At any rate, after having read about five chapters, I feel qualified to remark upon the overarching themes of the book. It seems that basically, the pre-Victorians and early Victorians were worried about the decline and fall of modern culture, due predominantly to immorality. This immorality manifested itself through a) heavy drinking, b) the (over)eating of "rich" foods, and c) sexual impropriety and promiscuity. Does this sound familiar? It seems as if at every moment of modernization, we (this is the global we) face the fear that our society is becoming immoral and going straight down hill. In every age we pine for a simpler, purer time. Which, it would appear, never existed.
Now, I can understand the contribution that drinking and sex make to an immoral society. I might not agree, but I can see how those actions and the people who engage in them might seem threatening. However, the idea that eating "rich foods" is detrimental to ones' moral fiber gave me pause. For one thing, it is eerily reminiscent of the arguments that go on today, that obese people have only themselves to blame, or that the government should regulate foods so that people do not become obese. You see, the Victorian era was all about forcing people to change their habits, either because they were lazy, or didn't know better. The current movement to get rid of trans fat, and other unhealthy additives seems like it comes from the same place.
Michelle of Humble Jewish Opinion blames parents for their children's obesity, which I think is only part of the story. According to her, some people want Rabbis to deny hekshers* to candy, to keep kids from eating it. Her suggestion is that parents should instead regulate their children's candy intake. While I agree in part, I also think that conflating morality (being allowed to eat something due to its kashrut or lack thereof) with health concerns is a little too social-control-y for me. I agree that schools should only serve healthy options for lunch, and phase out sodas and juices from their vending machines, but I don't think that the Federal government (0r the Va'ad*) has any place governing what is available for "me" to feed my own children in my own home. Angry Jew agrees that it isn't the government's place to regulate our lifestyle, but just a sentence earlier he calls on the government to "Outlaw 'super size' fast food, institute mandatory after school sports... have parents take a pass on the luxury cars and vacations, and instead spend some time outdoors with their kids." He seems to think that obesity is a problem of the wealthy. Au contraire, the wealthy can afford organic, healthy foods, and gyms, and people to take their children to exercise, it is those who are barely scraping by that suffer the most.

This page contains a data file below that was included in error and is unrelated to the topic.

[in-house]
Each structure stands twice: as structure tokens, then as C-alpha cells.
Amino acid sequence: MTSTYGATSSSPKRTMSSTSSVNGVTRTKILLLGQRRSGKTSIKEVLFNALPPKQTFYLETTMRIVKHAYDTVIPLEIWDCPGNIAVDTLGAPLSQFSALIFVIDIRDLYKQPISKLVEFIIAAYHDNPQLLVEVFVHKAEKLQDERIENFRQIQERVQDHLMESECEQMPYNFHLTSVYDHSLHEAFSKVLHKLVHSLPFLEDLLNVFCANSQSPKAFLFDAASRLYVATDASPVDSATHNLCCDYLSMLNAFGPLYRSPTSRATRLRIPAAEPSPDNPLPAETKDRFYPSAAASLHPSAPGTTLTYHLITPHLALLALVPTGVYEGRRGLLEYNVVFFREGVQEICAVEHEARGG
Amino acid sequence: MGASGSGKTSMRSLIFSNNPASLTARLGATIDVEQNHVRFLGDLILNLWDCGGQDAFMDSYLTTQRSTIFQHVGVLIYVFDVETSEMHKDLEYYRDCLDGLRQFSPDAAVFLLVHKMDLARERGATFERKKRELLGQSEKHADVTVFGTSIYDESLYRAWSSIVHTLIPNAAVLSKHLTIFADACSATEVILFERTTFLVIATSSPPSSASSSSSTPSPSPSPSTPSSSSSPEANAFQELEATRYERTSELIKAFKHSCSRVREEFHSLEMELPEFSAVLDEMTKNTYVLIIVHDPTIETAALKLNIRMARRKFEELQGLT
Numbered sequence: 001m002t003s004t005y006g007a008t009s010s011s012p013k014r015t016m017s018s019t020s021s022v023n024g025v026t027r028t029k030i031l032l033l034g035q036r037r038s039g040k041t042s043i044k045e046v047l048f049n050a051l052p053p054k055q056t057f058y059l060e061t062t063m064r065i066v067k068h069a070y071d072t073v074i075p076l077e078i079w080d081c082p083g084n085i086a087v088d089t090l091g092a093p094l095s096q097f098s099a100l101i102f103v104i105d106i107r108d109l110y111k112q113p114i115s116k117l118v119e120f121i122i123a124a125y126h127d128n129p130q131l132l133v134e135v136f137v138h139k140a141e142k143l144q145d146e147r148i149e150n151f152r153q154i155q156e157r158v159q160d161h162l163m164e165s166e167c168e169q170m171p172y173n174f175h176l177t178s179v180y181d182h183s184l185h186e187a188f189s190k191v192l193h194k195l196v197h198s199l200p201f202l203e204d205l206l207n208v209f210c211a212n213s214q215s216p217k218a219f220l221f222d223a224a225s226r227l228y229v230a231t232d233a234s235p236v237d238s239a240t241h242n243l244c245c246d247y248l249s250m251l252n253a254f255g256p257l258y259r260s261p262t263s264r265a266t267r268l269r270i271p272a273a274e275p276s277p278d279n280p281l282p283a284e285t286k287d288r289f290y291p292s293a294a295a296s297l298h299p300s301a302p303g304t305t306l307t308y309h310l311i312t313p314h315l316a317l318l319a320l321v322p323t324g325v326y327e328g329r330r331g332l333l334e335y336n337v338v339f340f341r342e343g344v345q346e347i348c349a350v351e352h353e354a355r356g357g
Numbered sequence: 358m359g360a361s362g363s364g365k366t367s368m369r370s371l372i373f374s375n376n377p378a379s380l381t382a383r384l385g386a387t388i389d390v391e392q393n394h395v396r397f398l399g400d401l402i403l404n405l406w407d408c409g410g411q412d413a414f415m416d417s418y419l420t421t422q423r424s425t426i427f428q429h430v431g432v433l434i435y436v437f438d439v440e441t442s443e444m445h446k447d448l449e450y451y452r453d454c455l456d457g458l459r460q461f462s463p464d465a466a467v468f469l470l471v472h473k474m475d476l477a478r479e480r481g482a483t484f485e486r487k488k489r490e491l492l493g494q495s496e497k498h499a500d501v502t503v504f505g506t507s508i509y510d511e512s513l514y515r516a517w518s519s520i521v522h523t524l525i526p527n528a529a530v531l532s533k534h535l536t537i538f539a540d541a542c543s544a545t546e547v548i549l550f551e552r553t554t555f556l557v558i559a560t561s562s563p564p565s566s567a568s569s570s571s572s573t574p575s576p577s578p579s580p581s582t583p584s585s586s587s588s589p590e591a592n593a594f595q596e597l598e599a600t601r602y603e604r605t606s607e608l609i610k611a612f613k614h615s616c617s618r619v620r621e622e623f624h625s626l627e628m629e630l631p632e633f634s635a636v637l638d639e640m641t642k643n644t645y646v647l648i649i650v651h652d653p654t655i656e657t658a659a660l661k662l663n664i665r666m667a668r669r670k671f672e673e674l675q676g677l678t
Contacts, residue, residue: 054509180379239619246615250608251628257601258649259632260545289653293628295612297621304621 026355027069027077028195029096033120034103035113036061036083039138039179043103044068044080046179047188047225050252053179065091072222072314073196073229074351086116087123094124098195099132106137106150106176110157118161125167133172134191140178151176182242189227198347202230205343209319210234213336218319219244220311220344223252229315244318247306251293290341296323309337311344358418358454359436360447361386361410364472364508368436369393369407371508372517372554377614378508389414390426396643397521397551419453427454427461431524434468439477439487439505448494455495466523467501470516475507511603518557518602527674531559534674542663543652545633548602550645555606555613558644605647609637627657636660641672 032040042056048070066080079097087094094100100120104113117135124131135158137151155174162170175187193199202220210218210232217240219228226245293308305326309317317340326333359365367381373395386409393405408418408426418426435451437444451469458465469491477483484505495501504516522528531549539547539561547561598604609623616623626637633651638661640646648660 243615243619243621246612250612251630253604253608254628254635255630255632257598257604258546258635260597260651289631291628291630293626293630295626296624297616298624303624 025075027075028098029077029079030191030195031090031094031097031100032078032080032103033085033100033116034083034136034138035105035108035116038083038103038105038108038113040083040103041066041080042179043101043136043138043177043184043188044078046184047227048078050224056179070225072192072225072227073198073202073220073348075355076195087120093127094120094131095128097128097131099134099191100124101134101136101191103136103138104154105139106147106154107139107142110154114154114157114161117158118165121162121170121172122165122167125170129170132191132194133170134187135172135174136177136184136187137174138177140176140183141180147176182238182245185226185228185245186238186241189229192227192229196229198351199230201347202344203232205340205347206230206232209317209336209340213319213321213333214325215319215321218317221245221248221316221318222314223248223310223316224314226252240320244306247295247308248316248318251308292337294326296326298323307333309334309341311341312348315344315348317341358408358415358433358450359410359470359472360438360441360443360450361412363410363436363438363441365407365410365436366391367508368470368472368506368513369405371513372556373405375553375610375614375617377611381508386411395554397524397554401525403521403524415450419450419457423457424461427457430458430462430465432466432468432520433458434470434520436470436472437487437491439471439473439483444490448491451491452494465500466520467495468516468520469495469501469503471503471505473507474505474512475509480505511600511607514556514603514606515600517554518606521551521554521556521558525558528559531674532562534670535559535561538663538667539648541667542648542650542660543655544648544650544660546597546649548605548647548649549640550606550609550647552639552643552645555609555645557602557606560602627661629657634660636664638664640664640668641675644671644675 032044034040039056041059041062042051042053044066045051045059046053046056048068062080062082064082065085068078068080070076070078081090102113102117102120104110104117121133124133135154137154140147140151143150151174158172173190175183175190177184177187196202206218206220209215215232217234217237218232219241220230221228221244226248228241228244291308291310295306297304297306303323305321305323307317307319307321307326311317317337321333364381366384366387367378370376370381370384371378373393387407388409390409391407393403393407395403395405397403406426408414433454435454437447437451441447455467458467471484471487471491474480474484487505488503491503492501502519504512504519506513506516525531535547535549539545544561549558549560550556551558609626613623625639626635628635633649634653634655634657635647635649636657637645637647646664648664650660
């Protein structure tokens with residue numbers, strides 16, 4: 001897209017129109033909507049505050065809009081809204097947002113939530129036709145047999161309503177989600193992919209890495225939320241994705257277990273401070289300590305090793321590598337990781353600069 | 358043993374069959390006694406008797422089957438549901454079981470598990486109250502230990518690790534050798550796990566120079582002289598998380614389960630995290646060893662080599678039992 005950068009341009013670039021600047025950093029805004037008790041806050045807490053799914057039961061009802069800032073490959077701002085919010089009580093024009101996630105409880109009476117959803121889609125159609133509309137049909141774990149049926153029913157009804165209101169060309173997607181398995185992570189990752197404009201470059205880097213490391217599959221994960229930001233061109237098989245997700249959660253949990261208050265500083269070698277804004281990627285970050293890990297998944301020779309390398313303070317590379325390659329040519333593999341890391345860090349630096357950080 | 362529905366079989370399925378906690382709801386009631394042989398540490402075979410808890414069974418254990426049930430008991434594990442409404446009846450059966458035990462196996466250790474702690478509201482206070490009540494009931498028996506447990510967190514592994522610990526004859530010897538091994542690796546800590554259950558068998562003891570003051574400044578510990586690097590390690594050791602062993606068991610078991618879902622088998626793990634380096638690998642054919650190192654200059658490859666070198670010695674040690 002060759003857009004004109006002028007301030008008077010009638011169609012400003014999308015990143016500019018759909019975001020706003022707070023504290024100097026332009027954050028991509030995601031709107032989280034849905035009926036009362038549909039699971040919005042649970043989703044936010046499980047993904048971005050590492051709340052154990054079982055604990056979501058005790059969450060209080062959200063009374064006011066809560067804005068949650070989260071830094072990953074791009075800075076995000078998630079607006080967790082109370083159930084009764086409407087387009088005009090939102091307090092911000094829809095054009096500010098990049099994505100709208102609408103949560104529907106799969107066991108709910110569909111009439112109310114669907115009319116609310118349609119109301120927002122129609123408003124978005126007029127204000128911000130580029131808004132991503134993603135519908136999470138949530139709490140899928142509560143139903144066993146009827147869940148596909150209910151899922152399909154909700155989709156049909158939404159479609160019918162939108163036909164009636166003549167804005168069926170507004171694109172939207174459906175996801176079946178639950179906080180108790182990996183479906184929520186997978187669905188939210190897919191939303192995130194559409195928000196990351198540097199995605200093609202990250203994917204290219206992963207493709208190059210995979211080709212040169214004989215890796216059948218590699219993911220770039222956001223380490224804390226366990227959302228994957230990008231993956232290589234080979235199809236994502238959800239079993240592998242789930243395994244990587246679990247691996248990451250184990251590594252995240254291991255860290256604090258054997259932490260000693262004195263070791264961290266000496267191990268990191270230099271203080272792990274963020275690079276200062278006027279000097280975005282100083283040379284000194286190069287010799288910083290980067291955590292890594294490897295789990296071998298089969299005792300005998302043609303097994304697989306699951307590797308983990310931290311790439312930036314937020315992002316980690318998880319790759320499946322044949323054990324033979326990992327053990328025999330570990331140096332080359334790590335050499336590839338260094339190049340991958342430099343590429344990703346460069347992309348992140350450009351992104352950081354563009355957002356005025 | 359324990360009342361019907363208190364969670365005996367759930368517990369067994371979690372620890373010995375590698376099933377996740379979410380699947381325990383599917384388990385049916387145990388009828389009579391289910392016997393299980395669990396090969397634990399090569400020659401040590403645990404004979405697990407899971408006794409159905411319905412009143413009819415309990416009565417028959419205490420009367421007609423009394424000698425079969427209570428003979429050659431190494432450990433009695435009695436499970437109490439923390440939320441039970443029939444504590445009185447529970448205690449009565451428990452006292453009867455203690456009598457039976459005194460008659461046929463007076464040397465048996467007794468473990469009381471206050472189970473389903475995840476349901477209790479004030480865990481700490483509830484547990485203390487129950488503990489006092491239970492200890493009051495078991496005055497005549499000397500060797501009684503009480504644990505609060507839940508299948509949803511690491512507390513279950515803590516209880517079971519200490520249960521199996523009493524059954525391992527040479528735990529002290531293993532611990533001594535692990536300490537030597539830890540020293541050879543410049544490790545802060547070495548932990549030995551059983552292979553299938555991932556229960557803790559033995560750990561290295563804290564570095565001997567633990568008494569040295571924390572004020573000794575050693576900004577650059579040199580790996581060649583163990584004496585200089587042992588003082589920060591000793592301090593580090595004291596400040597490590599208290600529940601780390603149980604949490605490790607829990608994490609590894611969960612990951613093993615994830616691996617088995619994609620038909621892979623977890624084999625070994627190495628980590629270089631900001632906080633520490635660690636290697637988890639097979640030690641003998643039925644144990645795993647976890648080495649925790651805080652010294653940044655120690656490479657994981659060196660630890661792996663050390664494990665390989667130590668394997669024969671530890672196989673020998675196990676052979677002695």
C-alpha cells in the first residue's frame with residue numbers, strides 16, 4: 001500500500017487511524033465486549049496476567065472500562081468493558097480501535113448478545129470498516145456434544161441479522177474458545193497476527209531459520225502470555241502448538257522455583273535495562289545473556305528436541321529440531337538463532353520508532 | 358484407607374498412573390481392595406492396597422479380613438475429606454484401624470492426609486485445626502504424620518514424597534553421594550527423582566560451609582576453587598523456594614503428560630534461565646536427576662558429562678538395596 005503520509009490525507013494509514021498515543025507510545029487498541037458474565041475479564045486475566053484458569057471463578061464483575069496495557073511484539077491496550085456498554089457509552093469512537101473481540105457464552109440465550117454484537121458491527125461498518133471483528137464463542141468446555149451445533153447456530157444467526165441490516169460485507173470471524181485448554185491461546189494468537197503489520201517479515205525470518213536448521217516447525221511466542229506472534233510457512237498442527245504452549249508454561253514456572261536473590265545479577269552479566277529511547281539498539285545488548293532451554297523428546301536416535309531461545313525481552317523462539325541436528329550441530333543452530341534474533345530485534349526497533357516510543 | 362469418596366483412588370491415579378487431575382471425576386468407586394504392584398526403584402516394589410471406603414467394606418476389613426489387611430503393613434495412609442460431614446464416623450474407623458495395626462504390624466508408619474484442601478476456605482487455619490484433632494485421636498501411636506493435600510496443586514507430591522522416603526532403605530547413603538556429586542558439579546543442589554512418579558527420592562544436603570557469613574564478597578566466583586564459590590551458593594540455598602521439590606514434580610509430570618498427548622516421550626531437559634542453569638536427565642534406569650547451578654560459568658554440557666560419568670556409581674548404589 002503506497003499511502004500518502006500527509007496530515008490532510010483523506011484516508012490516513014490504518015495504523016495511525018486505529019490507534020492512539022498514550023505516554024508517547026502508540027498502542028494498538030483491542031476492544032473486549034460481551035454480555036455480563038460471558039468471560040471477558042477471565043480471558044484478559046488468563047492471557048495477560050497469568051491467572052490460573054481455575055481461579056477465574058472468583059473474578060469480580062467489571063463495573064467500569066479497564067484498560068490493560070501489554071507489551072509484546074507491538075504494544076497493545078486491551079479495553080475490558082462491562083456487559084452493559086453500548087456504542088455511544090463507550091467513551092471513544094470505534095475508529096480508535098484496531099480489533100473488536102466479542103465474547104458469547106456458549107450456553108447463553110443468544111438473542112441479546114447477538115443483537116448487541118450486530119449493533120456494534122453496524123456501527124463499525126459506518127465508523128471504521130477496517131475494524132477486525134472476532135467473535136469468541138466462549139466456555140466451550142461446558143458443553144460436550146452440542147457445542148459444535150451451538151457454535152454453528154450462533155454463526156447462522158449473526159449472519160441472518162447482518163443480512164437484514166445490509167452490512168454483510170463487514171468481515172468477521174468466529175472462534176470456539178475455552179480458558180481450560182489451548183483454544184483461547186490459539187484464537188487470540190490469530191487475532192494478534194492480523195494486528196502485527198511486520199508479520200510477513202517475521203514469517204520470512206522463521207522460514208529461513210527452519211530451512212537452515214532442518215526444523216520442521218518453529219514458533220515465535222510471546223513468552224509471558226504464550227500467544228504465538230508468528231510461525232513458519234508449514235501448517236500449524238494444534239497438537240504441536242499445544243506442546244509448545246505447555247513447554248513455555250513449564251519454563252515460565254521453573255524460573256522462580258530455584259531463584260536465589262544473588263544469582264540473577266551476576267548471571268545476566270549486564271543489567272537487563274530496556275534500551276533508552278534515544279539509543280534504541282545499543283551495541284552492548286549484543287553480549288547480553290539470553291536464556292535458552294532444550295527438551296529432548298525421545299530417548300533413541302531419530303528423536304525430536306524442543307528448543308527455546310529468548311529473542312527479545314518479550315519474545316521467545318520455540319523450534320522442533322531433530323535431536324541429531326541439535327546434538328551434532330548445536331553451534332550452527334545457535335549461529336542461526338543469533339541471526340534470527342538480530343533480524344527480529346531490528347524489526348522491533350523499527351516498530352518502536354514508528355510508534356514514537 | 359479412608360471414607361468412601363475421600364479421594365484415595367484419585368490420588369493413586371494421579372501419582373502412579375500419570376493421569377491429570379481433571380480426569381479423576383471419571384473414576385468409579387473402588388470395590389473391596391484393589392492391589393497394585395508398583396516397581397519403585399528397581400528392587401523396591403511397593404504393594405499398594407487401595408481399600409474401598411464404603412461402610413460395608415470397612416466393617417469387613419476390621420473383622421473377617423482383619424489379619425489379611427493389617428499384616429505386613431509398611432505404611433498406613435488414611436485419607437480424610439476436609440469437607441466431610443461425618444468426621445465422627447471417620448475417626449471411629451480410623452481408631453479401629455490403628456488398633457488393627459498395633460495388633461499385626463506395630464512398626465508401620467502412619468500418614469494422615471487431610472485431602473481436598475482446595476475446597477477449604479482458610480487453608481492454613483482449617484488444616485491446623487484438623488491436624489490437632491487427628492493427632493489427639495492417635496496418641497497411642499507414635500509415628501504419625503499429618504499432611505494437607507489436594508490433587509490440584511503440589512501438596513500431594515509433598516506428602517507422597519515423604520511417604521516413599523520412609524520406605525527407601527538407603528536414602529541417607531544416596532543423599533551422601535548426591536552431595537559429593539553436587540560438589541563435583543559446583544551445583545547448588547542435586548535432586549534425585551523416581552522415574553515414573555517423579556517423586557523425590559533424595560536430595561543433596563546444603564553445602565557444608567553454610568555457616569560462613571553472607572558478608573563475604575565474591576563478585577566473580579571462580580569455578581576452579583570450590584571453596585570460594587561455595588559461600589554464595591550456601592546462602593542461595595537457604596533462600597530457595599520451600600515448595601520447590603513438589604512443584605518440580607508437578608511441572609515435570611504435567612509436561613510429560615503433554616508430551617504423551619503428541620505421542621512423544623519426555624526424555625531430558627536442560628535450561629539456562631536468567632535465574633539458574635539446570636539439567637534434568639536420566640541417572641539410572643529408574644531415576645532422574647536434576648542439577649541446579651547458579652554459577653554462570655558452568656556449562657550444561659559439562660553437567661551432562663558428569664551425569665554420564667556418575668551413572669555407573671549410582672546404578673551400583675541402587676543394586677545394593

Also, for the record, John of The Toad Report states that only 1% of Jews are obese, while 27% of Southern Baptists, and 22% of some Protestant sects meet that description. I think that this trend can be traced back to a number of different factors. For instance, Jews, on average, are wealthier and better educated than the average American. A week or two ago (reported in the NY Times Magazine) an obesity researcher went into a grocery store to see where his dollar could buy the most calories, and found that the cheapest way to become full was to buy sodas, and prepackaged foods. This isn't because they are inherently cheaper, but because of our complex system of farm subsidies. What this means practically is that the average American will buy less healthy food because it is cheaper and more filling. Not because they are idiots, or unable to control their appetites. So instead of the government banning trans fat, maybe it should take a look at who gets subsidies to grow what.
Add to this the fact that the average person in the modern, industrialized nation has more claims on their time than ever before. More adults are in the workforce (men and women) doing more sedentary jobs, and more than ever, time means money. So if a parent could save money, and time, by buying a meal at McDonald's, it is a very attractive option, even if they know the health risks. How do we solve it? Well, as I appear to be more, and more of a liberal, I think that we should provide people with the option of healthy food (read: fix the farm subsidy bill), access to exercise, and better national health care and education so that people can make informed choices. No one wants to be obese. It isn't low moral fiber, or lack of control/intelligence, it is the Catch-22 of modern life: if you are rich enough to be thin, it is because you can afford healthy food and exercise, but those who need it most don't have the time or money, and therefore resort to cheap, fattening foods.
*Heksher is a symbol that signifies a product has been produced under rabbinic supervision, and is acceptable for consumption by traditionally observant Jews
*Va'ad: a governing body, usually local, that oversees the kashrut and other religious issues of a particular area.